Arctic Front Arrives Strong Winds Rain Snow Showers Some Icing Possible Coldest Christmas Since 1989

Arctic Front Arrives Strong Winds Rain Snow Showers Some Icing Possible

Coldest Christmas Since 1989

We continue to see a slew of watches warnings and advisories up for all of the Northeast and Mid Atlantic states. Overnight rains were substantial and they came with thunderstorms as the main storm in the Northern Great Lakes continues to strengthen and low pressure that formed off North Carolina last night moved northward and strengthened as well. Wind Advisories are up as winds are gusting to 50 mph or more at times along the coast. Later today once the arctic front passes we will see winds shift to the southwest and then to the west and howl with gusts of 40 to 50 mph for both the coast and inland. Flood watches remain in effect for much of New Jersey south to Delaware as there will be one more round of showers and thunderstorms later this morning into early afternoon. Coastal Flood Warnings are up for the high tide this morning with moderate coastal flooding likely and in some places on south facing shore lines of Long Island there could be major coastal flooding.


storm free


storm free

The arctic front is next on the agenda today and with that we see an area of rain to the west that turns over to snow once the front passes through. This then comes with a dramatic fall in temperatures of 20 degrees or more in just a few hours time. This could create issues with moist surfaces icing up after the temperatures fall below 28-29.

There isn’t much to expect with regards to snow as we are talking at most a coating to and inch. I would put that chance in for everyone from Eastern Pennsylvania to Southern New England and just watch how the radar progresses as we move through the day. If it happens it won’t last long.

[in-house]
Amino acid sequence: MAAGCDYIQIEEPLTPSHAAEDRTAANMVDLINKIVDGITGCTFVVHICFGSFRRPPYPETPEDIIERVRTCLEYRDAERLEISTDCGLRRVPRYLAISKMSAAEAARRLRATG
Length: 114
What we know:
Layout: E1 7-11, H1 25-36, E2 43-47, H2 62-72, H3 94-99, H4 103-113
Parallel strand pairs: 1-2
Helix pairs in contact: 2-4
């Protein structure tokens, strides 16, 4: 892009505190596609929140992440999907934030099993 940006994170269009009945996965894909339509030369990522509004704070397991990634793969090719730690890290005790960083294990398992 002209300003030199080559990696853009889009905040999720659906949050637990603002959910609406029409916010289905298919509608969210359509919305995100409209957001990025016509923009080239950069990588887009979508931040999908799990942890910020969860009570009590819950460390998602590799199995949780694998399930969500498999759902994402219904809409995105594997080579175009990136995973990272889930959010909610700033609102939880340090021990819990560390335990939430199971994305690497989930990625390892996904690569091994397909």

Since we are seeing high temperatures being hit this morning in the upper 50s to around 60, by 7pm most places will be 40 degrees colder with temperatures in the teens just about everywhere and well inland we will see readings already dropping into the single digits.

This is a powerful arctic front and we will not hit bottom until Saturday morning. It will remain very windy through the overnight with gusts to 40 mph or more. Temperatures by morning will be in the single digits inland and 10 to 15 coast and warmer urban areas. Add the wind and we are talking wind chills below zero.

Saturday Christmas eve will be brutally cold with ineffective sunshine, a strong gusty wind of 30 to 40 mph or possibly higher. After hitting the lows in the morning high temperatures Saturday afternoon will only reach the upper teens and lower 20s and wind chills will be in the single digits.

Saturday night will be clear cold and still a bit on the windy side with lows once again in the single digits and teens Sunday morning. Sunday Christmas Day will be very cold again with ineffective sunshine. It will still be breezy at times but the wind will  not be as strong as Saturday. Highs will be in the low to mid 20s. This will be the coldest Christmas in 33 years.

There is good news in the longer term. We will see the cold slowly ease and late next week a warmer pattern will take hold and we could be on the other end of the extreme temperatures for the arrival of the New Year with temperatures in the 50s to near 60! That will be something to look forward to.





Please note that with regards to any severe weather,  tropical storms, or hurricanes, should a storm be threatening, please consult your local National Weather Service office or your local government officials about what action you should be taking to protect life and property.